Sunday, January 4, 2009
East Ballroom Foyer (Hilton New York)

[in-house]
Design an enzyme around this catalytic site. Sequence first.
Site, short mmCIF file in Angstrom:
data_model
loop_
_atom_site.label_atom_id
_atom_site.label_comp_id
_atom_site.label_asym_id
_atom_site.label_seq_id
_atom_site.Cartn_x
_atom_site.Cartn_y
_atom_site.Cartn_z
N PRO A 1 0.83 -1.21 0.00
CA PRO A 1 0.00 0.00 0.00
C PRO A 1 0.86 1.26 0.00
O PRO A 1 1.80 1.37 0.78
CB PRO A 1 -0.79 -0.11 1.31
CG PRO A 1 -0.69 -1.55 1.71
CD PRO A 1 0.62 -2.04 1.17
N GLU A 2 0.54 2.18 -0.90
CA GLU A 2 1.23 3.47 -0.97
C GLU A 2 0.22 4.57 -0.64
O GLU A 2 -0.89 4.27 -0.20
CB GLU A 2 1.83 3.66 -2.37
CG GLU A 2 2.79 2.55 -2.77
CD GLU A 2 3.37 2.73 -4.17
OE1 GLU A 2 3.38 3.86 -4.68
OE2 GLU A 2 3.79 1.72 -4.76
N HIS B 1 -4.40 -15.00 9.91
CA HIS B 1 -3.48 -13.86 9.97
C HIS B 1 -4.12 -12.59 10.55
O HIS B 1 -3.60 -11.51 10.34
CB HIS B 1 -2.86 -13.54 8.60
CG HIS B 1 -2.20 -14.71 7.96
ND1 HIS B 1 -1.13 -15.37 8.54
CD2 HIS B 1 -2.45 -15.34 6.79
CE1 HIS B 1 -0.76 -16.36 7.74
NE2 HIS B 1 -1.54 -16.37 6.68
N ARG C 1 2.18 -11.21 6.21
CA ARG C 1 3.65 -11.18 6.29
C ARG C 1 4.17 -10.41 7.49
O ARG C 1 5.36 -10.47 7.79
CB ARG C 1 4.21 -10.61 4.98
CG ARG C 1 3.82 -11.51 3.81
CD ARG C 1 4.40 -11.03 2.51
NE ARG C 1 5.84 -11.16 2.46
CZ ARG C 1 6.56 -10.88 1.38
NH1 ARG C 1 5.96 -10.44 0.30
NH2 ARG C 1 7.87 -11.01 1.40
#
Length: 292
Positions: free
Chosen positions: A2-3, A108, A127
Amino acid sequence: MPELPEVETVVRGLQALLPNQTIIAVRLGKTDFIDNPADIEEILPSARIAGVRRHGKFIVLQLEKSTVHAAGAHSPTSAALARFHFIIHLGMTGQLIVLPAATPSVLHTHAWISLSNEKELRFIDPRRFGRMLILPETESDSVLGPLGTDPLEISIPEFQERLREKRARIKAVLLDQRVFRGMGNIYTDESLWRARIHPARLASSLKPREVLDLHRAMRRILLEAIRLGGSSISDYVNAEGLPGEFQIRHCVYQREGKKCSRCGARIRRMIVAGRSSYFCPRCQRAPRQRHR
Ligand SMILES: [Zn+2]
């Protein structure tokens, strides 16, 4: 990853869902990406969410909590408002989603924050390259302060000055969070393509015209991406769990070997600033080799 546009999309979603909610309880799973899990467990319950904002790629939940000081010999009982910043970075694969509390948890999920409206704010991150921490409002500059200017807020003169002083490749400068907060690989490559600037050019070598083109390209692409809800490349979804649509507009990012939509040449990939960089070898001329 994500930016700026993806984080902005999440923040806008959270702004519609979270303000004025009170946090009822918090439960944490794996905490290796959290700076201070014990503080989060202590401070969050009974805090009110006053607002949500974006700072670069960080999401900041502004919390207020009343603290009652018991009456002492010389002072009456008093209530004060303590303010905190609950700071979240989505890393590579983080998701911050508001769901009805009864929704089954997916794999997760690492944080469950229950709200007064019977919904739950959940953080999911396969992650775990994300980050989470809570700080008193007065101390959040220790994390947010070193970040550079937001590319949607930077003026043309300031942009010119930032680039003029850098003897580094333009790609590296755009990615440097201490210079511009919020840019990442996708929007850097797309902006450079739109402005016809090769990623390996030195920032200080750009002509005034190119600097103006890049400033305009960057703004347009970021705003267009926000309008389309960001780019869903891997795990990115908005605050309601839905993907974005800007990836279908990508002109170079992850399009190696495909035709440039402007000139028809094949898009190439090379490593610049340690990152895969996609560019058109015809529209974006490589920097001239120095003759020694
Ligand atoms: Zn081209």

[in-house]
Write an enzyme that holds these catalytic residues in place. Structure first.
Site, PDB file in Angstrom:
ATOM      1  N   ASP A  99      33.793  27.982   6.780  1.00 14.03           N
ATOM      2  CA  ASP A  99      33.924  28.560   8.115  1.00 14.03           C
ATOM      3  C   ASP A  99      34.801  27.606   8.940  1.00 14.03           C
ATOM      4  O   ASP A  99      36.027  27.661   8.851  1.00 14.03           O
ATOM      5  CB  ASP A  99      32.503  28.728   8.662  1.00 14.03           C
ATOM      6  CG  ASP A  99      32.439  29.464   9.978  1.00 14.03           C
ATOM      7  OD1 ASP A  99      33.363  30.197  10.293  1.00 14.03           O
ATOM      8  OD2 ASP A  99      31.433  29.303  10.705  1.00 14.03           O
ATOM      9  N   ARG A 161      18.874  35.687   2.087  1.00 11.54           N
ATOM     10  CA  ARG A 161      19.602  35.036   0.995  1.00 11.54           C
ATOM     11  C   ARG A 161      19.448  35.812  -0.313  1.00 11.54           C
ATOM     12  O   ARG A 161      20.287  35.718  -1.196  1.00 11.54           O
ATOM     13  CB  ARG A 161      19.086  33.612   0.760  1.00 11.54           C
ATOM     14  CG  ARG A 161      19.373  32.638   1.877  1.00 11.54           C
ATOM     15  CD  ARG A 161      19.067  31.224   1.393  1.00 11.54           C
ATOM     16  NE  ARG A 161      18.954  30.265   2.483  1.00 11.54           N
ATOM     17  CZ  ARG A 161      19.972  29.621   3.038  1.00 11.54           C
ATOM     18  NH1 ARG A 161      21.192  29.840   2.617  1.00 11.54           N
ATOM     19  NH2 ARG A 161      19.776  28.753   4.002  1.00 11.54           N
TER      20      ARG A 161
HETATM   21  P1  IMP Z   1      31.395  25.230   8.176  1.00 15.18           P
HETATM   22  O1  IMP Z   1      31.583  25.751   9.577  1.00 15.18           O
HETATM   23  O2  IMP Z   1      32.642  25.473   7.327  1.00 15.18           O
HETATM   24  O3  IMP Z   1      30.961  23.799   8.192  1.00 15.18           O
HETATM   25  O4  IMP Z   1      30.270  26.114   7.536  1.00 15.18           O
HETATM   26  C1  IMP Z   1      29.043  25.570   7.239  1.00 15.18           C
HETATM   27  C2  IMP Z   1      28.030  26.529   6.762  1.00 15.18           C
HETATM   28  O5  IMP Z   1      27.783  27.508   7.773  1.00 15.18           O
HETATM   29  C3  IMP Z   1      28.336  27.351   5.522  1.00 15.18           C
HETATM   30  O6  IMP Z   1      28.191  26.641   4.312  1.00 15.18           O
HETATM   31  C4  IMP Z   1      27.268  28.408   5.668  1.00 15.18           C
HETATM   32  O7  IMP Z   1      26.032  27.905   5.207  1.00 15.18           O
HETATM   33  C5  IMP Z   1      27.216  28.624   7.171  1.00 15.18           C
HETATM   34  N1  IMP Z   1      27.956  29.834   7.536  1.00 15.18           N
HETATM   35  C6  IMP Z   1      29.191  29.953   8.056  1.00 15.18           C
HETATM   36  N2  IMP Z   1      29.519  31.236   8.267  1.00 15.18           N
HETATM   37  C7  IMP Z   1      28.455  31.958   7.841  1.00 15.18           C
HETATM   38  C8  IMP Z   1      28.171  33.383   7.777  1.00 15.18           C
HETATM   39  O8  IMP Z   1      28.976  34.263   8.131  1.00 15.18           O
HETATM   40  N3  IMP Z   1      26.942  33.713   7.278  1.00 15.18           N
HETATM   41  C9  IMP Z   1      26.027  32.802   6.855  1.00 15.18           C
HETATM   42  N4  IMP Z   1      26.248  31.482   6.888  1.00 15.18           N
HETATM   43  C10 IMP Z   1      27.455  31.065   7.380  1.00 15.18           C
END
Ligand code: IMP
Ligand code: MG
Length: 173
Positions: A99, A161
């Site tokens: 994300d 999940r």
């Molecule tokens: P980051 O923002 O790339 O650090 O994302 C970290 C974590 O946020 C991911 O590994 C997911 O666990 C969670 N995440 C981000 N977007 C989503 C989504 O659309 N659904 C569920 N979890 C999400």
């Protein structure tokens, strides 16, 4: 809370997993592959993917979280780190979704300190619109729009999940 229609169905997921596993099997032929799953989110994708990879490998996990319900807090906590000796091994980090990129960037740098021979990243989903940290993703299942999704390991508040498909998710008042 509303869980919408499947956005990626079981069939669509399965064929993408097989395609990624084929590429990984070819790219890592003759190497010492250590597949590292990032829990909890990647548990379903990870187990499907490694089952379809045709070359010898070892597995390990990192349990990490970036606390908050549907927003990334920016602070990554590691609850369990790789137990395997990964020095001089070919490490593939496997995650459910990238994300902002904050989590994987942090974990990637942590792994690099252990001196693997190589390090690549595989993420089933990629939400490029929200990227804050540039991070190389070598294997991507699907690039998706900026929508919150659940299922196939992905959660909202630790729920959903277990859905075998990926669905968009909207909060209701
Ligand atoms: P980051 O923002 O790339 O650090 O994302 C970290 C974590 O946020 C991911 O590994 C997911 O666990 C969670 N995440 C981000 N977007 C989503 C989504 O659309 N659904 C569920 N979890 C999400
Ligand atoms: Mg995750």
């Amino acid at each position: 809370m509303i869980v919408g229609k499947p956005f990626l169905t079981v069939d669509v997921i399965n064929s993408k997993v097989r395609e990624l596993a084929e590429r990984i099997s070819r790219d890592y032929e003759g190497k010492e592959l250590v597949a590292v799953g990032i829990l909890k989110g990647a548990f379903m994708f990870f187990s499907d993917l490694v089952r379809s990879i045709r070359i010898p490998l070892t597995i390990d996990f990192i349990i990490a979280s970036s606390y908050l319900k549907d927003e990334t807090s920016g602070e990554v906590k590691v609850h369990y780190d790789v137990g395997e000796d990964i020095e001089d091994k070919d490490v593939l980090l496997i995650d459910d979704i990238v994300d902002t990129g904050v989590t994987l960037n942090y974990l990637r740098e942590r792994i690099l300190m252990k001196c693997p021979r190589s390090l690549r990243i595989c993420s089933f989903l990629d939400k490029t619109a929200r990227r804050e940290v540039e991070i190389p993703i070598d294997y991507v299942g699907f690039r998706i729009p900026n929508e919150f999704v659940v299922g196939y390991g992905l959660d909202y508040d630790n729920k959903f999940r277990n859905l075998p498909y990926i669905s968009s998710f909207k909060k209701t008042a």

The curtain of authoritarian rule that descended on the Americas at the height of the Cold War has led generations of scholars to scrutinize the local and global vectors that converged, for example, in Brazil (1964), in Chile (1973), and in Argentina (1976). A tenuous consensus attributes these dramatic moments and their aftereffects to political and economic sets of ideas known broadly as National Security Ideologies. This consensus, however, has failed to illuminate the ways in which such ideologies developed and functioned in peculiarly _closed_ transnational circuits, what we might call “contact zones” self-consciously obsessed with an idea that transcended languages as easily as it did national borders: _subversăo_, _subversión_, subversion. Essential to the existence of these contact zones—and, as I will argue, to the consensus on repressive state violence that they spawned—were the ways that they facilitated a potent and even intoxicating combination of local and global anxieties about gender, morality, sexuality, generational change, and modernity. Delving into previously unexplored military archives, as well as into the collections of right-wing civilian organizations, my research illuminates—in the particular case of Brazil's post-1964 military state—the role of a transnationally venerated ideal of moralistic, even pre-modern masculinity in grounding and retrenching the most reactionary of anticommunist and authoritarian perspectives, from Washington to Rio de Janeiro. My poster exhibit will incorporate iconic visual and textual images of the period into a presentation that seeks to highlight how such images were interpreted and redeployed as core elements sustaining the ideological superstructure of the Brazilian dictatorship. Subversion—_subversăo_—the justificatory, conceptual enemy against whom military, paramilitary, and civilian conservatives directed unwavering suspicion, invective, and violence (both official and extra-legal), had various, occasionally contradictory manifestations in this context. My work will explore the ways that particularly salient local anxieties about sexual, moral, and class revolution engaged certain global interlocutors and operated within a strictly defined, anticommunist intellectual community that lent credence and legitimacy to theories linking communist subversion to, for example, moral and physical decadence. My presentation will thus speak not only to the roots of this specific experiment in state violence, but to the ways in which global intellectual currents furnished—intentionally as well as inadvertently—the necessary cultural-ideological framework within which such violence constituted part of a functional logic.